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Please use this identifier to cite or link to this item: http://hdl.handle.net/123456789/3820

Title: A comparative study of Brong Ahafo and Ashanti regional development corporations
Authors: Osan-Duodu, Duke
Issue Date: 5-Jun-2012
Series/Report no.: 1071;
Abstract: One of the major contributions that the twentieth century has produce in concepts and techniques in the field of economics is that of “Economic Planning” which seeks to identify the resource potentials of an area in order to bring out a constructive programme for effective implementation. In Ghana, the need for and overall economic program whose function is to provide a consistent framework for different types of economic policies became apparent even before the country’s libration form colonial rule. To attain a rapid economic development for the country, Governor Guggisberg gave the nation its first development plan as early as the 1920’s. Though the plan set in motion the development of infrastructure, its aim and reaching a basis for industrial development was not wholly achieved. Then followed a series of planning techniques none of which could yield the anticipated level of development partly because Ghana, for many years sought to plan and develop its resources and needs sectorally. In this way, regional considerations were in most cases never given the due attention in the national planning decisions and their implementations. This led to the concentration of too much developmental effort in certain specified region like Greater Accra, Ashanti and Western to the neglect of others like the Volta, Brong Ahafo and the Upper Regions. This helped to create regional decadence and its attendant problem of rural-urban migration. To avert the growing regional inequalities which generally give rise to political pressures intended to reverse the traditional flow of resources to one particular region, and to help raise the per capita incomes in all regions to a level of approximate equality, the then National Libration Council government realized the need for national development through the regional levels. The rational behind this laudable idea is the regional development planning is seen to be cross function as it is at the regional level that cross-fertilization of development ideas, vertical and horizontal, thrives best. It comes as no surprise then when the government introduced the Regional Planning Committees (R.P.C.) in 1967 as a “modus Vivendi” to handle regional planning and development. For over half a decade that these committees were existence, on spectacular achievements were recorded in regional developments due to the lack of concern of the R.P.Cs were supplemented in 1973 by the creation Regional development Corporations with the objective of giving “each region the full scope to develop at an even pace… so as to promote balanced regional development”. To start with, the corporations’ operations were restricted to only sound commercial ventures. But the 1974/75-1979/80 Five-Years Development plan came to redirect their roles to cover increasing production and employment in the rural areas as well as to carry on any business of an industrial, commercial and agricultural nature. They were thus empowered to invest in venture like the production of agricultural raw material such as oil palm, citrus, poultry products, cattle, maize, cotton cultivation and many others. These were intended to feed the growing need for agro-based industries for the processing of raw materials for both home consumption and the expert. They would in this way be generating employment avenues for the people in their regions, be raising the rural income and productivity of the farmers within the region and finally be earning some foreign exchange for the country as a whole. Further, as instruments of development, the RDCs are expected to create a favourable innovation atmosphere that can attract investors from outside into their regions. This so becomes both economic and technological innovation processes on society, influence investment and in the long run, lead to change in the structure of the economic system which in a way may result in the development of the area. In order to accomplish this, they are expected to enter into joint ventures and partnerships with financial institutions, individuals and foreign companies for the operation and establishment of economic ventures for the production, processing and distribution of food and raw materials. To be precise, they are to utilise the resources of their various regions to their best advantage and to be a stepping stone for the overall development of the nation. But the question worth answering is - have the Corporations been able to live up to expectation since their inception?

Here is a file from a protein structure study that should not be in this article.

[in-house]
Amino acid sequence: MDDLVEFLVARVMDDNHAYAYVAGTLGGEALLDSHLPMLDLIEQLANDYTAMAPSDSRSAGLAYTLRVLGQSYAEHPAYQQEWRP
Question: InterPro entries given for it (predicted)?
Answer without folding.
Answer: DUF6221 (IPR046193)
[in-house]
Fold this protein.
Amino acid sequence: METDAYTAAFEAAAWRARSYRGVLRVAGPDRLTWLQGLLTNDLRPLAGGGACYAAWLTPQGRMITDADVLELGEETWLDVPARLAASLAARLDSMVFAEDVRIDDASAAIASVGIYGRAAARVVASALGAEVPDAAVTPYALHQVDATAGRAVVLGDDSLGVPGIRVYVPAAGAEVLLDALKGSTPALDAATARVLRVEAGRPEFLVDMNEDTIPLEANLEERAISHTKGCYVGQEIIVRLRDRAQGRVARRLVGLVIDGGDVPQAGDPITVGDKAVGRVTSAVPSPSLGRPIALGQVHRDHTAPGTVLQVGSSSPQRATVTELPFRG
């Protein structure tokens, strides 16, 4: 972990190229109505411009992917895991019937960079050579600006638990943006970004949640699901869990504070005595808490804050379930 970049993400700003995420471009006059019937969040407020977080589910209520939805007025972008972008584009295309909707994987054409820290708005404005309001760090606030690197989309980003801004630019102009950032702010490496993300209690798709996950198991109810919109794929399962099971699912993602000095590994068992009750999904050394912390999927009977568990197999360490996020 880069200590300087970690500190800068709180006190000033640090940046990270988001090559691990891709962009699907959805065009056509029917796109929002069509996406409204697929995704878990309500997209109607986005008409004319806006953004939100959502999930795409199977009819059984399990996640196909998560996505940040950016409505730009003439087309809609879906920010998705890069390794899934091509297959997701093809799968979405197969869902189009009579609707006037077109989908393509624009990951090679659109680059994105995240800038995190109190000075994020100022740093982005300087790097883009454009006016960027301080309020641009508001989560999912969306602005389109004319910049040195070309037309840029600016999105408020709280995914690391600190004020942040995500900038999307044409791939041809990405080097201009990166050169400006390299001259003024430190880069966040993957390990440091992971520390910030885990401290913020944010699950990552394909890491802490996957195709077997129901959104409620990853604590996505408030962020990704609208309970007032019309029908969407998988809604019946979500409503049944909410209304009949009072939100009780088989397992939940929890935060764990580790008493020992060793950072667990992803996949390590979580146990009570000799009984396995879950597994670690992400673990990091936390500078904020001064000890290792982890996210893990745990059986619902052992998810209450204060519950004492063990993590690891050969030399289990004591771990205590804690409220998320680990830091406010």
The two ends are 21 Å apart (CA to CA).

Description: A thesis submitted to the Faculty of Architecture of the University of Science and Technology, Kumasi, in partial fulfilment of the requirements for the Degree of Master of Science in Regional Planning
URI: http://hdl.handle.net/123456789/3820
Appears in Collections:College of Architecture and Planning

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